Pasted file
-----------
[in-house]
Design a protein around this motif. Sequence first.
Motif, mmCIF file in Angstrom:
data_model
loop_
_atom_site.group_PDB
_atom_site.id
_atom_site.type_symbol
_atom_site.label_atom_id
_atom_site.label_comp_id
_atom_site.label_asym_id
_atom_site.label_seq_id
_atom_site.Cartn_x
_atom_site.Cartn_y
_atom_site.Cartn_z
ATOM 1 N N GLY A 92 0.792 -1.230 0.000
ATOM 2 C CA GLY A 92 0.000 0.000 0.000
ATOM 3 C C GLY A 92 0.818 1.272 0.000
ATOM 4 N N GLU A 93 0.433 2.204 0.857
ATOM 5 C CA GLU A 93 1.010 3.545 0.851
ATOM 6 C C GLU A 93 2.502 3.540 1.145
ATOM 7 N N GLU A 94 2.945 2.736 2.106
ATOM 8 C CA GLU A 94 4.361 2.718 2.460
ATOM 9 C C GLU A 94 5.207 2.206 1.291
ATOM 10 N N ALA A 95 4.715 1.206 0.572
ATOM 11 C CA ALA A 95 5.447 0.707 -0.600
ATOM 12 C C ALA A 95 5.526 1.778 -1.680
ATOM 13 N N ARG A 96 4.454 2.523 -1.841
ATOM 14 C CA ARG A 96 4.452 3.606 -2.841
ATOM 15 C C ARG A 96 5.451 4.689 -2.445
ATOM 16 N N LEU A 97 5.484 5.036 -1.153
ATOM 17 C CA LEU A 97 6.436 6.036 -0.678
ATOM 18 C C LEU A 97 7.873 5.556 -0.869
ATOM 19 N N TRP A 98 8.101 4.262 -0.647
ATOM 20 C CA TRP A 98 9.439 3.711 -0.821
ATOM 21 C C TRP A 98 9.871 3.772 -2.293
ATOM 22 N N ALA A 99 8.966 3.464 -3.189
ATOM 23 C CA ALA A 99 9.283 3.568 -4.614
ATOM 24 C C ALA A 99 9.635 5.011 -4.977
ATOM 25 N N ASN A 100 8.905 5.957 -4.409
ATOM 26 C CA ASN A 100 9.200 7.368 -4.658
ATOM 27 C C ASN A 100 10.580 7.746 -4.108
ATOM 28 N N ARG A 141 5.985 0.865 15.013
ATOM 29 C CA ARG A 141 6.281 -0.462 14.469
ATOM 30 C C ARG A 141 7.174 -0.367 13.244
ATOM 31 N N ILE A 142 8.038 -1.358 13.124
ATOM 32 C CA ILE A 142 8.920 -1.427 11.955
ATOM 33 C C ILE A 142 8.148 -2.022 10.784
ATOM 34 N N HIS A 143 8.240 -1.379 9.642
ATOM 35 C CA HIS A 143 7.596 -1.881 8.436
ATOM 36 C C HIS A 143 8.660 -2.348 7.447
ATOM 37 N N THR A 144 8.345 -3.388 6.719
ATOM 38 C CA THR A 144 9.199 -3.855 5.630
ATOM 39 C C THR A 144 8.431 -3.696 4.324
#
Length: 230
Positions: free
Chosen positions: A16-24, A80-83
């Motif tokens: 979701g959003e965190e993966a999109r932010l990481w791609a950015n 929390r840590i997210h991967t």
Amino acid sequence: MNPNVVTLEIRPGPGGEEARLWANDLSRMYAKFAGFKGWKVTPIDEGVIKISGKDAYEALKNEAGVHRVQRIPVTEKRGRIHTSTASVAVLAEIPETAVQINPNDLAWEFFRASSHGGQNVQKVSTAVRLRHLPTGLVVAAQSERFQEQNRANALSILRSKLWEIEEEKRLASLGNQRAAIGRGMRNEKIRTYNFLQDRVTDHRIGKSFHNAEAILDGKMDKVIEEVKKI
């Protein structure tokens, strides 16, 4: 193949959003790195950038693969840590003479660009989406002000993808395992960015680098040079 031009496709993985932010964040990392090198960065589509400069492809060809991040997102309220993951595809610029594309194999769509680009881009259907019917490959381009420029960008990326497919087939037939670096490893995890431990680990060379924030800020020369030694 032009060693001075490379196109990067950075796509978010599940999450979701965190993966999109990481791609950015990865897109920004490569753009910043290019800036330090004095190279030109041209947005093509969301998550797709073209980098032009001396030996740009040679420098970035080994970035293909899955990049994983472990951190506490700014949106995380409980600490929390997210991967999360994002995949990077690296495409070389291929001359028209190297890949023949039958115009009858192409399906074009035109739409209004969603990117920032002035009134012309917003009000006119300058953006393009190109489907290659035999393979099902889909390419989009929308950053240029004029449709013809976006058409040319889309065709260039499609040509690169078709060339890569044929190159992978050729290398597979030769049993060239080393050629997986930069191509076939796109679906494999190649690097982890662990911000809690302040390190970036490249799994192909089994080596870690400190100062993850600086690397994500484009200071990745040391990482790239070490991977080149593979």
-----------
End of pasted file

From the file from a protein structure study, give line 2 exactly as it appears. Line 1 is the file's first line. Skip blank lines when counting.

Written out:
Design a protein around this motif. Sequence first.